Women in STEM – Cyber jobs explained: Digital forensics, CTI and cybersecurity analysts
For this second episode of Women in STEM, we are taking a look at cyber jobs with Emma Mullins, Cybersecurity Analyst at Airbus Protect.
Based in Airbus Protect’s Newport campus, Emma Mullins is a first line cybersecurity analyst. Day-to-day, she focuses on detecting and responding to incidents within the SOC. In this blog, Emma explains the key similarities and differences between various cyber analyst roles.
Tell us about your own professional journey
After graduating, I initially worked in administrative roles for several years – before deciding to go back to university in 2018 to complete my master’s degree in Computer Forensics.
I always had a passion for technology, and doing my master’s enabled me to become a digital forensics analyst working on criminal and civil investigations. After a few years in this role, I wanted to broaden my technical understanding and joined Airbus as a first line cybersecurity analyst.
What’s the difference between a digital forensics analyst and cybersecurity analyst?
The titles might seem similar, but there are key differences between the two roles. Generally, a cybersecurity analyst focuses on preventing an incident, whereas a digital forensics analyst investigates what happens after an incident has occurred.
A digital forensics analyst focuses on identifying, soundly recovering and analysing data from devices – ranging from laptops to games consoles. Their analysis focuses on events that have already taken place and can include investigating various types of crime, not just cyber-related offending. In my previous role, I could be working on a child protection case one day, and then trying to find if the person that stole your property has listed it on Gumtree the next.
On the other hand, a cybersecurity analyst focuses on preventing data loss and detecting intrusion attempts by analysing and collating real-time data. We use this data to identify possible threats and put the necessary defences in place to protect against them. Typically, cybersecurity analysts study data from various sources, such as computers, servers, electronic systems and networks – defending them from potentially malicious attacks. Cyber analysis requires prolonged focus on certain tasks, trying to spot abnormalities and identify attacks that purposefully blend into background activity.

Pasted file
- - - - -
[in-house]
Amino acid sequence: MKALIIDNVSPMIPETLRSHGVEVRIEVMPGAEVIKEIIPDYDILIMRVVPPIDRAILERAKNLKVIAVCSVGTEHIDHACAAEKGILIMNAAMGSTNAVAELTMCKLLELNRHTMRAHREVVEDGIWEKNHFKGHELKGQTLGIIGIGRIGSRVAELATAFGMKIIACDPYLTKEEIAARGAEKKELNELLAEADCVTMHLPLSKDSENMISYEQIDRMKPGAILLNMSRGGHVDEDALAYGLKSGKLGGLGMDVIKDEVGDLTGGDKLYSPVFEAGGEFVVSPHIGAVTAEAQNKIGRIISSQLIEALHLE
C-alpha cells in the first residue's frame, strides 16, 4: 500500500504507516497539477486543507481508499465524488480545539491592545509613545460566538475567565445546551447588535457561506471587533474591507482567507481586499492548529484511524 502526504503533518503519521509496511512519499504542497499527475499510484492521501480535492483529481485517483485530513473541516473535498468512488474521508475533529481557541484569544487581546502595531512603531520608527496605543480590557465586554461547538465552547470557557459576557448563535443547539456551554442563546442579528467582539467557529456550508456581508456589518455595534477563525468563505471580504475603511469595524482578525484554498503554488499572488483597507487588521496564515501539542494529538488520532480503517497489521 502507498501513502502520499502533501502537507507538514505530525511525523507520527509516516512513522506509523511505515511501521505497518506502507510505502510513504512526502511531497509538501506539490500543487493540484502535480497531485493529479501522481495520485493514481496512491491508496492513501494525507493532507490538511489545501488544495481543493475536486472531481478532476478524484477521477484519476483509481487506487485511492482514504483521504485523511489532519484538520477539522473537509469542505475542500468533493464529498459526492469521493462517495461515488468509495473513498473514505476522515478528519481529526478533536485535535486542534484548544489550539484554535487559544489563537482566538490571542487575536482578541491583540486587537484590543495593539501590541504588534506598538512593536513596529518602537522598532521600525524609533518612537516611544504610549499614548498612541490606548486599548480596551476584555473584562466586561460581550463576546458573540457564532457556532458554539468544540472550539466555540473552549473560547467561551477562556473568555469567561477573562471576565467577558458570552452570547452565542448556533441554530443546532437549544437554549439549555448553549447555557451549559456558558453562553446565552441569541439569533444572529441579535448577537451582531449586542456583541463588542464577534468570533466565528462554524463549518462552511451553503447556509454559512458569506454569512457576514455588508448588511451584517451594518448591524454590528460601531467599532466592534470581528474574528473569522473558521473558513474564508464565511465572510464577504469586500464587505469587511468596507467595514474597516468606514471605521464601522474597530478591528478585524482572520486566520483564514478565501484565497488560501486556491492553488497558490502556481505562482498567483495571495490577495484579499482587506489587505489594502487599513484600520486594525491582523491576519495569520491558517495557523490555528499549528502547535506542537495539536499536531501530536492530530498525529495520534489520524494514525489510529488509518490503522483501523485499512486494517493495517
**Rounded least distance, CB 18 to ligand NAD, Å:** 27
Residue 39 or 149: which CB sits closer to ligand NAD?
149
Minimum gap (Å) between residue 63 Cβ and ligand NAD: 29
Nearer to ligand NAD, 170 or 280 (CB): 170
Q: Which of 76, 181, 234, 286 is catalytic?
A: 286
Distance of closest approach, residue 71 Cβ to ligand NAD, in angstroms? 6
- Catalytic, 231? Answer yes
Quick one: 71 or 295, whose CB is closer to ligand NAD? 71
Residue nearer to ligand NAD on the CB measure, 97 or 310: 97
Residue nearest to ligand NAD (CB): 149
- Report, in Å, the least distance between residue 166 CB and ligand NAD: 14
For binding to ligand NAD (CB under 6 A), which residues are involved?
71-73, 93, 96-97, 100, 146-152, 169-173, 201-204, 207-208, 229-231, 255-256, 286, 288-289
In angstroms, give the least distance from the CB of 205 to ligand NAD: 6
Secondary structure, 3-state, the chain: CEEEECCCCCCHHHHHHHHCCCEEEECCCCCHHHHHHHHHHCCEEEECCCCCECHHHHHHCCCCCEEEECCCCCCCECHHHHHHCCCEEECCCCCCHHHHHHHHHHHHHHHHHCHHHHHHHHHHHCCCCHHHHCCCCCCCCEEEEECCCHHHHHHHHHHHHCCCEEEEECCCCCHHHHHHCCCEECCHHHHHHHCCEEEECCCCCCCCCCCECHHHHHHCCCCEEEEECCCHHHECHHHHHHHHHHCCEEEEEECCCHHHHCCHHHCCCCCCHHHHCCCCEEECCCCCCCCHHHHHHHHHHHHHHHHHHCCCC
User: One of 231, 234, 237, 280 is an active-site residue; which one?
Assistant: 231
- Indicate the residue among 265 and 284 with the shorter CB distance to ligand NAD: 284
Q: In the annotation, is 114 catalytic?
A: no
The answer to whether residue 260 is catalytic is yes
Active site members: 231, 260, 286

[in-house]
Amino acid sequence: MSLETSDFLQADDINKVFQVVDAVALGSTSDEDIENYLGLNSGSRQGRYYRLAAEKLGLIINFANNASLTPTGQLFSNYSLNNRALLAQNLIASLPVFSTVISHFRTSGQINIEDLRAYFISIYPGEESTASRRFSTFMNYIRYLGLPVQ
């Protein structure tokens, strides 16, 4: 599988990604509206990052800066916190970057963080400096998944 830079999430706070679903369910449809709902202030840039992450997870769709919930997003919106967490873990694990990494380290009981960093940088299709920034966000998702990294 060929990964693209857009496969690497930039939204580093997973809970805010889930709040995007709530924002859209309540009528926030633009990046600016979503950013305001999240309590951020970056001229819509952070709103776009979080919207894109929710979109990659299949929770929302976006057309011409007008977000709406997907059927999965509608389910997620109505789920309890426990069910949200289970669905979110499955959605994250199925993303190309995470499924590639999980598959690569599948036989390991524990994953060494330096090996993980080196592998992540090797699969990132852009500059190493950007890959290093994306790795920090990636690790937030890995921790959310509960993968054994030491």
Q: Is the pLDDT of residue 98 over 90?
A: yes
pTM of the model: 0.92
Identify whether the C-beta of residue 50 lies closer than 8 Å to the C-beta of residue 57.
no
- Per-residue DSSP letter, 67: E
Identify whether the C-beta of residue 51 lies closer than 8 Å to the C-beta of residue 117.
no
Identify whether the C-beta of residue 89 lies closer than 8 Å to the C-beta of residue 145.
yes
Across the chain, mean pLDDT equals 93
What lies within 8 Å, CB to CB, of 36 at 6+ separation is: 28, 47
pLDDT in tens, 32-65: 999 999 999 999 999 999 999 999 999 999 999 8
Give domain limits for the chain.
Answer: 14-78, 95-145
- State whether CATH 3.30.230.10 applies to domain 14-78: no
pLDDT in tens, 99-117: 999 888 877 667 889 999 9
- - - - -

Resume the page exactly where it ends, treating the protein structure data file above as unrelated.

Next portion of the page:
By the same token, the roles do have some similarities. For example, I’ve found that both require attention to detail, an analytical mindset and finetuned problem solving skills. Although challenging at times, my experiences as both a digital forensics analyst and cybersecurity analyst have been extremely rewarding. In both roles, I was constantly given the opportunity to learn something new – and that’s the most important thing!
How do cybersecurity analysts work with cyber threat intelligence (CTI) analysts?
The short answer is that both groups work closely together, and are an integral part of any SOC team. CTI analysts are constantly gathering information about current or potential cyber threats from a range of sources. They use this data to create effective and relevant alerts for cybersecurity analysts, which are crucial to helping us proactively spot any early indications of compromise.
By mapping alarms and alerts to the information gathered by a CTI analyst, the tools used by cybersecurity analysts (SIEMs, IPDS and security analytics tools) can more effectively collect information on potential vulnerabilities and filter out false alarms.
We also work together when things like unusual domains or IP addresses are observed by a cybersecurity analyst. CTI analysts are invaluable when it comes to investigating these potentially suspicious domains. They also help us to determine whether a domain poses a risk to an organisation, as well as giving insight into what preventions and mitigations can be put in place.
The data collected by CTI analysts gives the entire SOC team an extra superpower when defending networks and assets, as they have a great understanding of potential threat actors’ motives, targets and behaviours.
What new skills have you been able to develop since joining Airbus?
Although I’m still new to the role, the amount of technical knowledge I’ve gained already has been huge. My colleagues have played a crucial part in this.
What’s great about my current role is that I’m able to harness my previous analytical experience in areas like malware and packet analysis to further develop my problem-solving and incident handling skills.
What advice would you give to somebody who wants to work in cyber?
First and foremost, don’t be afraid to ask questions! Cyber is a huge and varied industry to work in – and it moves at 100mph! Because of this, it can be easy to feel overwhelmed. There’s no shame in not knowing something.
Secondly, try to find your niche. What are you passionate about? What motivates you? It might sound cheesy, but having a genuine interest in a particular area makes keeping up to date with the latest cyber developments a joy rather than a chore.
Interested in taking the next leap in your cyber career? See our current job openings here.